Centre for Internet & Society

This is a session proposed for the Internet Researchers' Conference (IRC) 2016 by P.P. Sneha and Arup Chatterjee.



The last decade has seen a slow but steady emergence of online literary spaces in India, marked by the ubiquitous nature of the internet and digital technologies, growing mobile phone penetration and increased access to devices such as tablets and e-readers. By literary spaces we refer to online journals, magazines and blogs, as well as reading groups and discussion spaces focused on writing in English and Indian languages. These range from those exclusively focusing on contemporary literature to others that feature writing on news, culture and arts. These spaces raise some intriguing questions about the growth a new online or digital literary culture, which may be mapped through the evolution of reading and writing practices as very explicitly technologized practices, and the changes in the notion of text and textuality, scholarship and pedagogy, among other things.

Some examples of such spaces that have come up in the recent years are The Little Magazine [1], Muse India [2], Kritya [3], Coldnoon: Travel Poetics [4], Kindle [5], Almost Island [6], The Indian Quarterly [7] and among several others. Many of these journals have both an online and print presence, while some are purely online and seek to reach a diverse audience featuring different genres of writing. While many carry an eclectic mix of creative and critical writing, perceptions about readership on the internet often dictate the form and manner of writing that is featured. The much anticipated and debated ‘disappearance’ of long form writing is one of the questions that may be asked of the emergence of these literary journals, which have in some way re-imagined this form in the digital sphere and have been instrumental in its growth. So even as there are books on twitterature [8], there are interesting ways in which online literary journals have tried to define the space of contemporary writing on the internet in India.



This panel discussion proposes to examine this phenomenon of the growth of online literary journals to understand the imagination of the ‘digital’ in their practices of writing and publication, whether as medium, content or context, as a way to explore how writing and reading practices today have been shaped by these changes. This also includes questions on methods of literary analysis that may have changed with the advent of the digital, and from a broader perspective, the production of literary scholarship and pedagogy in India. Some questions that could be points of discussion are as follows:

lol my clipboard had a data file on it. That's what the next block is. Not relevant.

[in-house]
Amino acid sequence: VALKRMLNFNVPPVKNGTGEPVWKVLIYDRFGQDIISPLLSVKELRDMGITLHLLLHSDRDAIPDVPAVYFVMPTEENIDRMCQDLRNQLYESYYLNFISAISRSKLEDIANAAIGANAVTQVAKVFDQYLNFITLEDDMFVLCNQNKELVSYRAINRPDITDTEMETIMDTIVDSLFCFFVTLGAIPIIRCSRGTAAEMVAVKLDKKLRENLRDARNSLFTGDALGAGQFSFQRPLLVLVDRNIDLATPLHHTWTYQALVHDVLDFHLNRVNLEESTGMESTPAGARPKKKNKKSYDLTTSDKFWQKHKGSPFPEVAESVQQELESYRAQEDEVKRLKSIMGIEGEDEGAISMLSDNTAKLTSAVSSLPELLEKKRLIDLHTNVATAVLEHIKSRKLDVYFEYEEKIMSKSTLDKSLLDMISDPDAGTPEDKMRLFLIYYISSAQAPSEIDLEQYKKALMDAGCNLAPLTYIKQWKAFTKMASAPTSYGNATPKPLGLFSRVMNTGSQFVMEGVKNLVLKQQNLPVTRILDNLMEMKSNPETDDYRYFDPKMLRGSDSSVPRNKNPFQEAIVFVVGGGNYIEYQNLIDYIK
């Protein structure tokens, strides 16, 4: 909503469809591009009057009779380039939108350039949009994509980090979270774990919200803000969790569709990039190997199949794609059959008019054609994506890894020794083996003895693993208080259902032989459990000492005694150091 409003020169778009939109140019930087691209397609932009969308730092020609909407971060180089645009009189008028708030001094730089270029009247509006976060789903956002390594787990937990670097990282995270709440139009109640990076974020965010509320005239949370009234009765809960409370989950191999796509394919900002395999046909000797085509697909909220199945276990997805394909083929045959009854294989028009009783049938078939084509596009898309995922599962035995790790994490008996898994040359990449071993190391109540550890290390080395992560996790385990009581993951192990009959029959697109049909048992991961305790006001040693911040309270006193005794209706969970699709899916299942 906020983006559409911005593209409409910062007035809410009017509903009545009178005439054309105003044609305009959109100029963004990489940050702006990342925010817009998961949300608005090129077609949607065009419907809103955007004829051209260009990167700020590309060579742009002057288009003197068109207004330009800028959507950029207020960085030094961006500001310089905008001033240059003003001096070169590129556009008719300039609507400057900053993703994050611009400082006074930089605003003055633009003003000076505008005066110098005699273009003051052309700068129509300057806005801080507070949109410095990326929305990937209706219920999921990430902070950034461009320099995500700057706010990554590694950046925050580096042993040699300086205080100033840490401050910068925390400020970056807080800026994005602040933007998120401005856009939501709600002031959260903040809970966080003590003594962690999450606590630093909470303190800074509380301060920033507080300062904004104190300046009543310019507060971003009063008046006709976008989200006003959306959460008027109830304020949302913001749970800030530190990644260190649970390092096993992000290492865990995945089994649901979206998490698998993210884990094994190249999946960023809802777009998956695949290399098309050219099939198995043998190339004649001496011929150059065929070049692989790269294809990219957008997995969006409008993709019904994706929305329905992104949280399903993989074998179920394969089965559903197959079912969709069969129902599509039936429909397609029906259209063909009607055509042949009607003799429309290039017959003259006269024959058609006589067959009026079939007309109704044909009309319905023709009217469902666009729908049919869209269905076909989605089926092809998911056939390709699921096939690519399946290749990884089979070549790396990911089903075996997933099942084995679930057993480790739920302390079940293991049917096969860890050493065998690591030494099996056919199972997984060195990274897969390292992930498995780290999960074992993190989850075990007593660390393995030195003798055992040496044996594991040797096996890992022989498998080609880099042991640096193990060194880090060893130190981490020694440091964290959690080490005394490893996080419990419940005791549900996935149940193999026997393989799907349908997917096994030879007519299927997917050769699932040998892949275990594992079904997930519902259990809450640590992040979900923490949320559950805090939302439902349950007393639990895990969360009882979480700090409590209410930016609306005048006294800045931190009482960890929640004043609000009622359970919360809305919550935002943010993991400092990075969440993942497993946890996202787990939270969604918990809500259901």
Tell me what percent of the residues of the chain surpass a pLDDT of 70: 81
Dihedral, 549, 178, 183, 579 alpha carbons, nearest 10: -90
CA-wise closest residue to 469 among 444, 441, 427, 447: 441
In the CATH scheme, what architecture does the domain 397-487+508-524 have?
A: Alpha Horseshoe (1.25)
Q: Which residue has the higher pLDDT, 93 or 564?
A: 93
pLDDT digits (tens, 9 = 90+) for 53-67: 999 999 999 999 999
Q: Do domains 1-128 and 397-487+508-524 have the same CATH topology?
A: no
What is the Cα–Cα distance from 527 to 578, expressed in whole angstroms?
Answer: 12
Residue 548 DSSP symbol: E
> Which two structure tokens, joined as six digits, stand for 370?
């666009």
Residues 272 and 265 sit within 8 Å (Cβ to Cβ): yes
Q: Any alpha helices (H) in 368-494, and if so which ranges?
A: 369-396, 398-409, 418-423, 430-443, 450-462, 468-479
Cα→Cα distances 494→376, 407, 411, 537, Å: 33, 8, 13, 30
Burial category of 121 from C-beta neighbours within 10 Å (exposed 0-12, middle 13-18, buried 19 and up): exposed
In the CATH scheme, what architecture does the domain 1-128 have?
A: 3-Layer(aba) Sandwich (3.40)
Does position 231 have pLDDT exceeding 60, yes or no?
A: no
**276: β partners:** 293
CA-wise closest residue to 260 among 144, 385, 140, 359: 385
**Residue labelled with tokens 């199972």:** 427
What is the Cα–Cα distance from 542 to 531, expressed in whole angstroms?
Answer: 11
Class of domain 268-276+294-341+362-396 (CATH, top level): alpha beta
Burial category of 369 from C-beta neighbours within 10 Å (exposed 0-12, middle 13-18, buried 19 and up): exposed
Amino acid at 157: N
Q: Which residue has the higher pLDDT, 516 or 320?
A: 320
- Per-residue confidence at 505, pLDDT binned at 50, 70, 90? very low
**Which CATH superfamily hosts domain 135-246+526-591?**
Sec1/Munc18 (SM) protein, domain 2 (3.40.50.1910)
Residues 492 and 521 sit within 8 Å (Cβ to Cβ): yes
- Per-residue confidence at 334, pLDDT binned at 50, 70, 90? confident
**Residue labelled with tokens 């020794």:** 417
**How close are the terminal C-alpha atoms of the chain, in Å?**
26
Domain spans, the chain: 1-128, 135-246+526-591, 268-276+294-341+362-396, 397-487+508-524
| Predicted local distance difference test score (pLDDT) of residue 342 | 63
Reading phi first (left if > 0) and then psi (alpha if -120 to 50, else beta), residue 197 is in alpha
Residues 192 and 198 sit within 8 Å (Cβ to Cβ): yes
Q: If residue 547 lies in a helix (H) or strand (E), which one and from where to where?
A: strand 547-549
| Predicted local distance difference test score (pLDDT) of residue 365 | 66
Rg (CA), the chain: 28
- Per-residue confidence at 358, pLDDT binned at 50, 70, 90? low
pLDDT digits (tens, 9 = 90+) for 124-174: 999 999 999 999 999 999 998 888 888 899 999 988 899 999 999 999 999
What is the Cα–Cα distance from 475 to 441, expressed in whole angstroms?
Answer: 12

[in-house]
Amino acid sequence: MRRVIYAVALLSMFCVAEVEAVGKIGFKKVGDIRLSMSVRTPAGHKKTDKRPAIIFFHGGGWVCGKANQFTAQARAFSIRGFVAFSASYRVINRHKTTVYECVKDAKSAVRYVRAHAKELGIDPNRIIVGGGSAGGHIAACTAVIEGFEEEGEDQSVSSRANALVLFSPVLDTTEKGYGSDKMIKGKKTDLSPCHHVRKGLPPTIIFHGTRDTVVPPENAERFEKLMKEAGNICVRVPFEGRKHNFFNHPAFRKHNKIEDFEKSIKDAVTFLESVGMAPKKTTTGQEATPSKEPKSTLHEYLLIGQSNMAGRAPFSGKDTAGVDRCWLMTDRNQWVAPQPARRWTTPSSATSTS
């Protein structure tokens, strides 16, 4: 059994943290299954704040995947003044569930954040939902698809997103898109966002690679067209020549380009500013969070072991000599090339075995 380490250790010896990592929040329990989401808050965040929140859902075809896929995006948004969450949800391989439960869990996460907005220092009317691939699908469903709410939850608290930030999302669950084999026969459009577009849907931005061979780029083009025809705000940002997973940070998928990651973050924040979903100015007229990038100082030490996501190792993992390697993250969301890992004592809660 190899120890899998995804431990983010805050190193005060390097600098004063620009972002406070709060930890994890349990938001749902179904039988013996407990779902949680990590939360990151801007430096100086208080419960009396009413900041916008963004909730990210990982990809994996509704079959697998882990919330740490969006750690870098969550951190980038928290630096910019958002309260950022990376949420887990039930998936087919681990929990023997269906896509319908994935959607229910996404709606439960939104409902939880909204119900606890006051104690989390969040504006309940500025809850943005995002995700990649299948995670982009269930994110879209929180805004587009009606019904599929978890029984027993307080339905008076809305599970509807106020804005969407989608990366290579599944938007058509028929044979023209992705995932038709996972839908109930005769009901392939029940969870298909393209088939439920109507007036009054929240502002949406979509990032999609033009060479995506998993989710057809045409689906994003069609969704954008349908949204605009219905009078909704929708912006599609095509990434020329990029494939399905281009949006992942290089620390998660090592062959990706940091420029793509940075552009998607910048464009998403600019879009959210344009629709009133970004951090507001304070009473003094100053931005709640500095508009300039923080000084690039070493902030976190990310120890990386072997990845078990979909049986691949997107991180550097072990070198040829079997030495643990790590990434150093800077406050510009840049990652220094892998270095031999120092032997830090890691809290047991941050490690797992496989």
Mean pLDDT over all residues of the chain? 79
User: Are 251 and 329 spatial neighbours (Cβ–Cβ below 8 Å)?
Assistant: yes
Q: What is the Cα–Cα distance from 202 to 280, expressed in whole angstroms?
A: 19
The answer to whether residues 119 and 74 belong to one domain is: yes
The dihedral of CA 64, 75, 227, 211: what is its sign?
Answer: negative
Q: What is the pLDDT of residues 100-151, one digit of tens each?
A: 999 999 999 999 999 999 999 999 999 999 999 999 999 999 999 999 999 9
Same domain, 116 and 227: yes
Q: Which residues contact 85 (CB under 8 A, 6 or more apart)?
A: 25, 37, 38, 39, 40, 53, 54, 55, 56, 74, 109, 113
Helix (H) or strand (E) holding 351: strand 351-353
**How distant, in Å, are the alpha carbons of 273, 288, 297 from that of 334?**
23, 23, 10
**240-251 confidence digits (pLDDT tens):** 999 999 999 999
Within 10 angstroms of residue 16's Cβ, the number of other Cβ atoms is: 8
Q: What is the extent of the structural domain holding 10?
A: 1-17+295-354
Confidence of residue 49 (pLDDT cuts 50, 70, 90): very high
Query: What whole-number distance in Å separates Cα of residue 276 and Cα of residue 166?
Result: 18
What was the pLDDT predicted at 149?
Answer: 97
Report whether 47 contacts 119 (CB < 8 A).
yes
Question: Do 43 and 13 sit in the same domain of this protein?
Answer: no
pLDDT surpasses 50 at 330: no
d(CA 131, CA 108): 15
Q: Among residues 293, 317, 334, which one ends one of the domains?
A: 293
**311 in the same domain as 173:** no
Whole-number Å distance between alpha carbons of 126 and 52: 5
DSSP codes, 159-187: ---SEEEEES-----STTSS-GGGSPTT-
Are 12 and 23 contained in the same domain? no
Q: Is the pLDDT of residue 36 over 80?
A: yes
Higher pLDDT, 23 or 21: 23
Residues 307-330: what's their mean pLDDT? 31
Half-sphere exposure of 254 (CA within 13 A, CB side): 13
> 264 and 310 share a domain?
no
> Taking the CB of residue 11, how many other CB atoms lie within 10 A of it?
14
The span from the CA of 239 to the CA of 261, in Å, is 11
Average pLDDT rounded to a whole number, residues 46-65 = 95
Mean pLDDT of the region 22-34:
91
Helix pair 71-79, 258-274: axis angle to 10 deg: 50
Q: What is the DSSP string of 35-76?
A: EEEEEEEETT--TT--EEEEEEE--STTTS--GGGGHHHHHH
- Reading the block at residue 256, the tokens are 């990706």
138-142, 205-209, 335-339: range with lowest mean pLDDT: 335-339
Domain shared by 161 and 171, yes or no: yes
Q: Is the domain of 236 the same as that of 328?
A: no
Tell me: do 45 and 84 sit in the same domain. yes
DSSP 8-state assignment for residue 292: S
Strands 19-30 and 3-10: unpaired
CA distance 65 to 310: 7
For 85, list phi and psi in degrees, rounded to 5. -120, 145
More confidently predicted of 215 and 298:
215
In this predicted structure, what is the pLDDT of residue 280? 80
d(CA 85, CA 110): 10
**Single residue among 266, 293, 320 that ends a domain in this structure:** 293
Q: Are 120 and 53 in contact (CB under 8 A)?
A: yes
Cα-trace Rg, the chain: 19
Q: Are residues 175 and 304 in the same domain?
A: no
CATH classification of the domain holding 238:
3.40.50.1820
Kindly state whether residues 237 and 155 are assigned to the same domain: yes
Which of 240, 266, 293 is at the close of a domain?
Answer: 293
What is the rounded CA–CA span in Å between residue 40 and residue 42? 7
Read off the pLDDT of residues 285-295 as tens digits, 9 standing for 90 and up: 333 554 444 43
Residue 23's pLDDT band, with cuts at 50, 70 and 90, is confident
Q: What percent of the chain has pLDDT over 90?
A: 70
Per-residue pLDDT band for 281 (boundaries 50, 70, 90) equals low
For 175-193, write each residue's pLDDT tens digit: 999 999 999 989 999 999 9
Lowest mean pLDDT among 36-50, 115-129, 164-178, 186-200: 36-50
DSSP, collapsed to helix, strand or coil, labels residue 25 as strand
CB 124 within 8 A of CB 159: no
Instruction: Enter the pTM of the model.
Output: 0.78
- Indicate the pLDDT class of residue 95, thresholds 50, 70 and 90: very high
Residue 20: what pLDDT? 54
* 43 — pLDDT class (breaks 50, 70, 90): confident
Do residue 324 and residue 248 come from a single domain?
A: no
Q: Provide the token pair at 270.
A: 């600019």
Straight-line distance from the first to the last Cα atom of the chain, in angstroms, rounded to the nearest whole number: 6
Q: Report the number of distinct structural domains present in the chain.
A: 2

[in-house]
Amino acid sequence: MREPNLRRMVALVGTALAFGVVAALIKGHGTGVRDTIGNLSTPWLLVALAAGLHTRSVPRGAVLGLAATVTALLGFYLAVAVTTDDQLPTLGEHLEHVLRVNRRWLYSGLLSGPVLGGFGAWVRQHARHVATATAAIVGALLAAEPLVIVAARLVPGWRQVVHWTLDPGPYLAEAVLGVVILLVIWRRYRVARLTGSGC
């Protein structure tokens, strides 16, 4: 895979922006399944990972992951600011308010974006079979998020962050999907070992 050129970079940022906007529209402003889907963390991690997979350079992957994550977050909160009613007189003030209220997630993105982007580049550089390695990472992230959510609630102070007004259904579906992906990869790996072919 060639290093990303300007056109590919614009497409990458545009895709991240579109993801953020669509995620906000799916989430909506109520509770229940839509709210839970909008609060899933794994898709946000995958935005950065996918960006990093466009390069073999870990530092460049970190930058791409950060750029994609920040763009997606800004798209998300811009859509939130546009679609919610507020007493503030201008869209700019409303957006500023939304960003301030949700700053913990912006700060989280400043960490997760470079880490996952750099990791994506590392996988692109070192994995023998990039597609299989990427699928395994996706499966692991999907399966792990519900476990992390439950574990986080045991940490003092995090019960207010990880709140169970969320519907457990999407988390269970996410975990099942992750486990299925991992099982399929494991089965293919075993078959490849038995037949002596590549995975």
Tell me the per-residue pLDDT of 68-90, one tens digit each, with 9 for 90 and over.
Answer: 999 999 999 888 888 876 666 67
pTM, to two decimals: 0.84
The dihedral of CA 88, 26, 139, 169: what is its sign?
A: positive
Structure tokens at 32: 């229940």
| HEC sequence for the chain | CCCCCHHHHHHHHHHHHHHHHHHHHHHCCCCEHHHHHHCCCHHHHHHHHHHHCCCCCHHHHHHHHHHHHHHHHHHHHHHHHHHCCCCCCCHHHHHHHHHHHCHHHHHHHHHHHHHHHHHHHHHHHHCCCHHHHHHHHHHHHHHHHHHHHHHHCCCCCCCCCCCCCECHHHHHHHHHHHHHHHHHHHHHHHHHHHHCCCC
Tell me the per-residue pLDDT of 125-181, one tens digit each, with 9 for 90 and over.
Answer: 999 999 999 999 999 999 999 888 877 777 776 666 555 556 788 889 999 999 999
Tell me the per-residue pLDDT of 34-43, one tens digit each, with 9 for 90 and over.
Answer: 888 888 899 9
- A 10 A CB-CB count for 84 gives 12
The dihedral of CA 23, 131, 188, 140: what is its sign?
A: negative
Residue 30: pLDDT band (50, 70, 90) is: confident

1. What is the pedagogical role, if any of digital/online journals? Are they simply cost-effective modes of production of knowledge or are they indicative of some other form discrimination? Perhaps a discrimination between what gets read and what does not? Is a voluminous archive of nineteenth century writings of the same pedagogical merit as a list of 100 Hollywood romantic comedies? If the former is arguably much more educational, why then is the latter the source of the greatest traffic? Is pedagogy then a misnomer, and a non-entity in the world of online magazines?

  2. Can the rise of online magazines be related with the rise of print culture and the subsequent rise of the novel? The novel was educational and, while English was still a very evolving language in the 17th and 18th centuries, the form helped both shape the language and educate the masses, bourgeoisie, and the aristocracy about the nuances of the still-nascent English language. Can a similar function be said to have been fulfilled by online journals? Or have they failed in playing this radical role of disseminating new language and new vocabulary, which is required to articulate new modes and conflicts within modernity--sexualities, queerness, televised elections, middle-eastern (Syrian, Palestinian, Israeli, Iraqi) mayhem in times of democracy, globalization, urbanization, travel, genocide, partition, terrorism, and so on? Are there any exceptions among the journals in being able to somehow fulfil the criteria of engendering a new language? What are the examples, if any? How popular are they?

  3. Is online literature less literary than print? Is it more amenable to news, while print continues to be literary? Or is this only a misconception? Is online literature prone to non-serious, or populist sources of pedagogy, which serve more to titillate through trolling, humour, half-baked information, gossip, or is it playing a serious role too in portions? Apart from those newspapers and journals/magazines which also have print components, which are possibly the portals that create viable, meritorious, and universal categories of knowledge? Or, invocation of 'merit' and 'universal' essentially a flawed mechanism to judge online literatures?

Addressing some of above questions through a study of two or more online journals, this session will attempt to open them up to a broader discussion on the nature and growth of an online literary culture in India, and the need for and significance of research in this area.






[1] See: http://www.littlemag.com/.

[2] See: http://www.museindia.com/.

[3] See: http://www.kritya.in/.

[4] See: http://coldnoon.com/.

[5] See: http://kindlemag.in/.

[6] See: http://almostisland.com/.

[7] See: http://indianquarterly.com/.

[8] See: http://www.penguinrandomhouse.com/books/307055/twitterature-by-alexander-aciman/9780143117322/.


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